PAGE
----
SOUTH LAKE TAHOE, Nev. -- With the NFL lockout seemingly nearing its end and everyone poised to return to work within the next week or so, players' fitness has become a concern.
One veteran player at the American Century Celebrity Golf Championship told me that even though his team held offseason workouts, he's not sure every player is in football shape -- or even poised to handle some of the physical stress of training camp, which could start just days after a new collective bargaining agreement is ratified.
Signs point to a deal between players and league owners being finalized within a week.
Some coaches also said they don't expect everyone to be in shape and that they're unsure of how hard they can work players in the early stages of camp.
A few personal trainers who have worked with players throughout the lockout said they expect some less-diligent players to cram in training courses this week to, at the very least, get up to the same speed as other players who've steadily conditioned. Some coaches, general managers and personal trainers, in particular, said they're fearful that some players could resort to using rapid weight-loss treatments or diuretics that could put their health at risk.
Muscle pulls and other soft tissue-type injuries are expected, even from players who consistently trained, several coaches said, as did some of the personal trainers. There's simply no way to properly replicate the offseason training that teams conduct with players, especially since some of the drills and strength-and-conditioning plans are position specific.
Over the past few weeks, multiple coaches and GMs have said they hope players can report to team facilities immediately after a new CBA is ratified so their weight, health and fitness can be gauged. It's unknown how soon players will be able to report once a deal is struck, but some coaches said they hope they don't have to wait several days before receiving the chance to not only administer physicals but also get players in the film and meeting rooms.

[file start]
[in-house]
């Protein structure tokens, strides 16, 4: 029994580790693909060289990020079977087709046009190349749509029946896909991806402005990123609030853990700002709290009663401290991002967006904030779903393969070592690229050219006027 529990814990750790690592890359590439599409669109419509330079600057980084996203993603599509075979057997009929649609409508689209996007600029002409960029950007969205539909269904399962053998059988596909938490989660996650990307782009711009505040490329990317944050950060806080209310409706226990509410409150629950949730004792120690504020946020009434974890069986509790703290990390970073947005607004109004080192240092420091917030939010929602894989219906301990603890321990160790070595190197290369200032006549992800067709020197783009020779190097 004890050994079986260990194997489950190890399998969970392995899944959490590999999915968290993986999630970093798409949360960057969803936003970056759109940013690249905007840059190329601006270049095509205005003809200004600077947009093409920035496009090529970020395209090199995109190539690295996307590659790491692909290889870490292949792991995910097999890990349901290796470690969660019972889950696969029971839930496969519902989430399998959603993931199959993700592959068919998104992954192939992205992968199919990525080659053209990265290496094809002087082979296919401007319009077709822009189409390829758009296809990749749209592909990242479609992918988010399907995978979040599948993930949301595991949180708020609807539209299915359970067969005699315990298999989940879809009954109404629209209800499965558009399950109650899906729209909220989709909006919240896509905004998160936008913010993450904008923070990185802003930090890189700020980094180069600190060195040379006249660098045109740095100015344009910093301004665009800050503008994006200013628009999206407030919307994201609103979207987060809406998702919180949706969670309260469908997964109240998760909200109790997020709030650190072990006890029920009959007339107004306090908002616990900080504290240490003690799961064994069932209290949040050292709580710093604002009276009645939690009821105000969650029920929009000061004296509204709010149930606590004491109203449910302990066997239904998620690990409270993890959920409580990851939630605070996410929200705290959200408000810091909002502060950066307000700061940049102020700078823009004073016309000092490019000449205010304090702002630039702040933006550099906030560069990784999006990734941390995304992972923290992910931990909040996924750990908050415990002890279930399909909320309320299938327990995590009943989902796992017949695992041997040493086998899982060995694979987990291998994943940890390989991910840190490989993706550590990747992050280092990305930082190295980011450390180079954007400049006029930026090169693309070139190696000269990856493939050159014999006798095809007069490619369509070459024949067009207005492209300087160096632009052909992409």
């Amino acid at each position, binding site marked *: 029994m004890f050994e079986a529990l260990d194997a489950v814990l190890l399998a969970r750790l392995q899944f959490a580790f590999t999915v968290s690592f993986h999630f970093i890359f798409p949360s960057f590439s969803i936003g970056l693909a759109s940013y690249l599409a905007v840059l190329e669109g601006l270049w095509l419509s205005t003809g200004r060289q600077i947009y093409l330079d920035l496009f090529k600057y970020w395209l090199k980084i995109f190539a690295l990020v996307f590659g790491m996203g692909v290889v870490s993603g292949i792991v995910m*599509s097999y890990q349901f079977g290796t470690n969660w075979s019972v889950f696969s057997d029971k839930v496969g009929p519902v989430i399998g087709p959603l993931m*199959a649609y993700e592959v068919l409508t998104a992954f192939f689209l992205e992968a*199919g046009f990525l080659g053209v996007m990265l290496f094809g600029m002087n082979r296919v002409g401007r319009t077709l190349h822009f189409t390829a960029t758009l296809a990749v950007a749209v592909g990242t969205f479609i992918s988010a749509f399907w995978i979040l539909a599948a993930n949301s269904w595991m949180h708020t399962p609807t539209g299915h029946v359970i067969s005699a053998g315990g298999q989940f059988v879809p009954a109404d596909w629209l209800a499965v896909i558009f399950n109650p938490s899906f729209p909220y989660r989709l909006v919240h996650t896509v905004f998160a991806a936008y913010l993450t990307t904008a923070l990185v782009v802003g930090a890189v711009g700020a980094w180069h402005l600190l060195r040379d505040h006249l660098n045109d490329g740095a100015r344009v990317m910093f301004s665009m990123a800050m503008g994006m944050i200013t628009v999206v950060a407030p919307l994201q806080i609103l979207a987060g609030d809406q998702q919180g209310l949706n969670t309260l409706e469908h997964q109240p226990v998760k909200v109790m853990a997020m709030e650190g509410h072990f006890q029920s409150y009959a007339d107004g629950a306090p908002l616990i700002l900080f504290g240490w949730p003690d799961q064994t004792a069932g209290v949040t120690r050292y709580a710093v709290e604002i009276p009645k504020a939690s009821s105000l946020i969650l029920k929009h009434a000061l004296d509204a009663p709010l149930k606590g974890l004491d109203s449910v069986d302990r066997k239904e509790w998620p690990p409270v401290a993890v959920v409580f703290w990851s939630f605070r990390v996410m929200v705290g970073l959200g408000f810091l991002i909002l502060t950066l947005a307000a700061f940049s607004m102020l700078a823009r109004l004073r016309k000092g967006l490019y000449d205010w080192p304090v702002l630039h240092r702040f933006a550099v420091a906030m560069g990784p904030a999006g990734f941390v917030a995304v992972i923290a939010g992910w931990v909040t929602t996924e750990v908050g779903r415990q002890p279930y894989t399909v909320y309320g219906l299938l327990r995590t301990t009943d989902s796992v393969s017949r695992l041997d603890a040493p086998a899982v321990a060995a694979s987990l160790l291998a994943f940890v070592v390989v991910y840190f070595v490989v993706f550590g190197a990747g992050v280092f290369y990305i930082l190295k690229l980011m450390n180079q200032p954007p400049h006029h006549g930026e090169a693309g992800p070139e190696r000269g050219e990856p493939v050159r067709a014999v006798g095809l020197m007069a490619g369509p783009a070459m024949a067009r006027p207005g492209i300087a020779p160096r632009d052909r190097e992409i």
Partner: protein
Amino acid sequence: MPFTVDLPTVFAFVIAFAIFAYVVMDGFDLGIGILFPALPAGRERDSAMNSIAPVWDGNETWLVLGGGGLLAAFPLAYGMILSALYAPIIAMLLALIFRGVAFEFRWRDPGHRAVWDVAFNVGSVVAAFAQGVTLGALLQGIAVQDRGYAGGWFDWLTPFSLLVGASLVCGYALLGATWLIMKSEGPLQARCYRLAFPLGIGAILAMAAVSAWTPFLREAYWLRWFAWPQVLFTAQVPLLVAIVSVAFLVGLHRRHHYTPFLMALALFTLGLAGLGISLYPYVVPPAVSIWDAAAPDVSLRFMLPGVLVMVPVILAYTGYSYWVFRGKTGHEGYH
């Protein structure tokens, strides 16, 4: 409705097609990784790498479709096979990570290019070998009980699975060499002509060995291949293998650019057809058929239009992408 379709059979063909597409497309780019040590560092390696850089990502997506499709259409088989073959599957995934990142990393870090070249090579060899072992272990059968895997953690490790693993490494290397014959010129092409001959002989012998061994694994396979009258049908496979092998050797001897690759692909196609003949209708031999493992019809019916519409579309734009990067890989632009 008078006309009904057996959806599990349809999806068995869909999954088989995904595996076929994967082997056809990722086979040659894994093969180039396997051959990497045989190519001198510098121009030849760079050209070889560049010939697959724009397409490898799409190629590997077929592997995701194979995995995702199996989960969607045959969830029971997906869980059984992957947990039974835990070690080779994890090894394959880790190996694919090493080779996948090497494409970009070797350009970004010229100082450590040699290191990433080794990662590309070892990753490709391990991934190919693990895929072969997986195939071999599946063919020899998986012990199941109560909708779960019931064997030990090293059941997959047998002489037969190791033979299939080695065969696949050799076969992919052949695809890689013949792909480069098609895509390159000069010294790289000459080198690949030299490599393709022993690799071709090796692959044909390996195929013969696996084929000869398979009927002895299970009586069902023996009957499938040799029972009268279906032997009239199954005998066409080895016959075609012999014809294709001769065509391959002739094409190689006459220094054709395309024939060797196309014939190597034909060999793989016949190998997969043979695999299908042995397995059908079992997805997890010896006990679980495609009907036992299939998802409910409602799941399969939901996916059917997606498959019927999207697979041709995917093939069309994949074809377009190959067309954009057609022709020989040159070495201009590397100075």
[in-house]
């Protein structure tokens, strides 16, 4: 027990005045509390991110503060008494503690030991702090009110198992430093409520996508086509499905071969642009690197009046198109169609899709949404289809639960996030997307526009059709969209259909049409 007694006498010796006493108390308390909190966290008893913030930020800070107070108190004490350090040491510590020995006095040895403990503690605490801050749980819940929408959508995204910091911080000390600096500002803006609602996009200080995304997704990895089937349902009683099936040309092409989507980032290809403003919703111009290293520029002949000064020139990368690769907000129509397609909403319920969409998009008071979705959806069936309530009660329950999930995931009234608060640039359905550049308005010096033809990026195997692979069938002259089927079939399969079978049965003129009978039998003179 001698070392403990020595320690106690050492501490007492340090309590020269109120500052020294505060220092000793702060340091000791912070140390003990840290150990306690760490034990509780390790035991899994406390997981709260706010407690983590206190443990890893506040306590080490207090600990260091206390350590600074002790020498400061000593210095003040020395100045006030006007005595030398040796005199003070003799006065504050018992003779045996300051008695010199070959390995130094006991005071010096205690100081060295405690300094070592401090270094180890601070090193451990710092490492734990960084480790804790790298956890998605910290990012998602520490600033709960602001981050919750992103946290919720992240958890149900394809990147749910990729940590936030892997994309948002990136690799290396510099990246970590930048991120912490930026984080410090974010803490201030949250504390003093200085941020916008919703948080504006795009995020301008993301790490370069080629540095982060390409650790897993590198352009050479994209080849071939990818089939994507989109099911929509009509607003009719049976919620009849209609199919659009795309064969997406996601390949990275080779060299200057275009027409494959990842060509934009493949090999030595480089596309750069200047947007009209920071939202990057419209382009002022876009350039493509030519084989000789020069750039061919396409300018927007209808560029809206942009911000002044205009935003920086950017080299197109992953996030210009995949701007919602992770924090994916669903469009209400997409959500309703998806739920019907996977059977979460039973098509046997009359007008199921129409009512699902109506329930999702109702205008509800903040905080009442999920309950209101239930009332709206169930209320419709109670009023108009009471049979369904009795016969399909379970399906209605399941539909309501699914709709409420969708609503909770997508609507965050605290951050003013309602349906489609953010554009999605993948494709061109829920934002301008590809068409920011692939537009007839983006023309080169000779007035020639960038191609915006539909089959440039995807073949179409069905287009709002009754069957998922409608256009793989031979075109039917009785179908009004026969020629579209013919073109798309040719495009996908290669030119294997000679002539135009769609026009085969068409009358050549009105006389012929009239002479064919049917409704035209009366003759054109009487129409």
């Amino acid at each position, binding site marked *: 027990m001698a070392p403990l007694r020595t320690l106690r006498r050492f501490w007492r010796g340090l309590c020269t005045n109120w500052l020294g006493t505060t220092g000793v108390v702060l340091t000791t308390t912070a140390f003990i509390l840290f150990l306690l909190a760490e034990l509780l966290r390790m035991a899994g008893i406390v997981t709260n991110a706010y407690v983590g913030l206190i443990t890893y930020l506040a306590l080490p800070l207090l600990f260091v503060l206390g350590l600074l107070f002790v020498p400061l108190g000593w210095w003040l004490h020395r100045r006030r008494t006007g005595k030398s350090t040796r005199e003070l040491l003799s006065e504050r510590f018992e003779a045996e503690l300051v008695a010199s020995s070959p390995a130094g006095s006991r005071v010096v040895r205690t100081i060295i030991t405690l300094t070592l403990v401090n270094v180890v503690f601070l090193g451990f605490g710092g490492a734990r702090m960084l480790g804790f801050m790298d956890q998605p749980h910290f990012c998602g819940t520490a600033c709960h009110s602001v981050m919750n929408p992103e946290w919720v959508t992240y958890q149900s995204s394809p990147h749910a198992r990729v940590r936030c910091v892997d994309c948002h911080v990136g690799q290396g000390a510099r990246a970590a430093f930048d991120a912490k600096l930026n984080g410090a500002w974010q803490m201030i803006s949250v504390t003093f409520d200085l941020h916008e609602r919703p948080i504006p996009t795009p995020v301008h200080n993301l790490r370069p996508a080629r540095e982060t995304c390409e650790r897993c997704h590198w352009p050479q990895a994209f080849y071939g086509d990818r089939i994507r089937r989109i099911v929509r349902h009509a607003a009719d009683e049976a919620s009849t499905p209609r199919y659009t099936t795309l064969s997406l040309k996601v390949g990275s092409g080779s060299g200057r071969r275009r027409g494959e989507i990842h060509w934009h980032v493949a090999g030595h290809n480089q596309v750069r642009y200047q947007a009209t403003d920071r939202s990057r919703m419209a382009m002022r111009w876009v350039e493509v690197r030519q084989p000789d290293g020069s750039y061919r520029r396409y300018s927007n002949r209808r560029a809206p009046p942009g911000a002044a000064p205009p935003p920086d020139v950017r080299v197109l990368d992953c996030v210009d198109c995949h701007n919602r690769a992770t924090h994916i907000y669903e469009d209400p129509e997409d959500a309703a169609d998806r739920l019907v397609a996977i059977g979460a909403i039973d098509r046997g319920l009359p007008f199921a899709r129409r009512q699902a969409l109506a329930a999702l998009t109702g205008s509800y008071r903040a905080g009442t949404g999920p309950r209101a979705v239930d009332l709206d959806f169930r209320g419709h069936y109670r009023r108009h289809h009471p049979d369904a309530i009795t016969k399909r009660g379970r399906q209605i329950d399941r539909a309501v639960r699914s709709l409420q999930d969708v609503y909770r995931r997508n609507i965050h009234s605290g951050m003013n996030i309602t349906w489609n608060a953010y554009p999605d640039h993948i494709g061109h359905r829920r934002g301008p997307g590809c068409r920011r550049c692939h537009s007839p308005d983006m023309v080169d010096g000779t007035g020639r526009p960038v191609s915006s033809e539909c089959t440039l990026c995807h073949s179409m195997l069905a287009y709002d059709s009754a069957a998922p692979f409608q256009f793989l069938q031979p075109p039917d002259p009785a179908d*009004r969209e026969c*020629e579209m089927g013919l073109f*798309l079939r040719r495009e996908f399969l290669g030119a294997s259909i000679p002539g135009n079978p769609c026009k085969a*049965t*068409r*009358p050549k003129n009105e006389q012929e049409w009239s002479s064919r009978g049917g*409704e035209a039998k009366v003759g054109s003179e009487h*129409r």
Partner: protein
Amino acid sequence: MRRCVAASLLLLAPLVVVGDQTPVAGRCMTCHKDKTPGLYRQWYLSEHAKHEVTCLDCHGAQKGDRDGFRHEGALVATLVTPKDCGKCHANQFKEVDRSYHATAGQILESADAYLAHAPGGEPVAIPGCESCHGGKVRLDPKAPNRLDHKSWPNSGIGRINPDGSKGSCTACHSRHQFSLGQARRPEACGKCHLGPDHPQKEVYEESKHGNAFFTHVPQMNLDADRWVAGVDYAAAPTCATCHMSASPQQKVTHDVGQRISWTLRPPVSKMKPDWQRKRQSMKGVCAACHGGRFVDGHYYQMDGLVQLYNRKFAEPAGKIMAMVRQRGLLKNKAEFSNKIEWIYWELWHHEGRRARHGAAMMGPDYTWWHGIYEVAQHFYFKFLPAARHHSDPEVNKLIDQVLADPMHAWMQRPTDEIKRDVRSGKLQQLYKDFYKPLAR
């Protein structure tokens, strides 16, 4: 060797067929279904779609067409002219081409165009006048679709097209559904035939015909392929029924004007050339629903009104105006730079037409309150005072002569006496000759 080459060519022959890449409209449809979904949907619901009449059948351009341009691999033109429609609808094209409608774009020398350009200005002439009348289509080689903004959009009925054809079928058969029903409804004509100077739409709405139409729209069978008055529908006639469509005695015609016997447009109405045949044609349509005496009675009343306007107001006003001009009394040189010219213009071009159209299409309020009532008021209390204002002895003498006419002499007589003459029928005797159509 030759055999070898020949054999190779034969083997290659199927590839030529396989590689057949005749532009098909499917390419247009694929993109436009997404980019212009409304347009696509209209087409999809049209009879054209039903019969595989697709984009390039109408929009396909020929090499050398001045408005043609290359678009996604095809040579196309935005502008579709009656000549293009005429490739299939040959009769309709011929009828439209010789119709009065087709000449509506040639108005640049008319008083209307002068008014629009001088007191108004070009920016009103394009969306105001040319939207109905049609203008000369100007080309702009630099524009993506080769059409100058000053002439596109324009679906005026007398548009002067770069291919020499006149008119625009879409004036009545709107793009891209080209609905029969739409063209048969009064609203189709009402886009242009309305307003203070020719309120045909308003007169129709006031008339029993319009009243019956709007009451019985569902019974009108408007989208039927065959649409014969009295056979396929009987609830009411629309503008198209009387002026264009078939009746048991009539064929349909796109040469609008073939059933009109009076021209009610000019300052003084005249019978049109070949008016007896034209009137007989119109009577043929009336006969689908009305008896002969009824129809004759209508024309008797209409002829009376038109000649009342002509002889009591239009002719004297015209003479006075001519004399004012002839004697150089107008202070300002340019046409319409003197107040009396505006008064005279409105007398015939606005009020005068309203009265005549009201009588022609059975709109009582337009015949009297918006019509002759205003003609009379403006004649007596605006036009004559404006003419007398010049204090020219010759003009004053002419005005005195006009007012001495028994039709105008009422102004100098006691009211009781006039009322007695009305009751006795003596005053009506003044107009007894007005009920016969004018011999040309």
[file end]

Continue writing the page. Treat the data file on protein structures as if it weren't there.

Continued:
Teams also want to see if injured players have properly rehabilitated, and if not, what type of rehab and treatments are needed. One GM, whose team has several players coming off surgical procedures, said his team could be at a competitive disadvantage because the medical staff hasn't been able to track players' status during the lockout.
If some of those players have suffered setbacks or sprouted new injuries during their rehab, their ability to contribute could be compromised, he said. This GM was one of a handful who said he's also prepared for surprise injuries and unforeseen conditions that no one will know about until players report.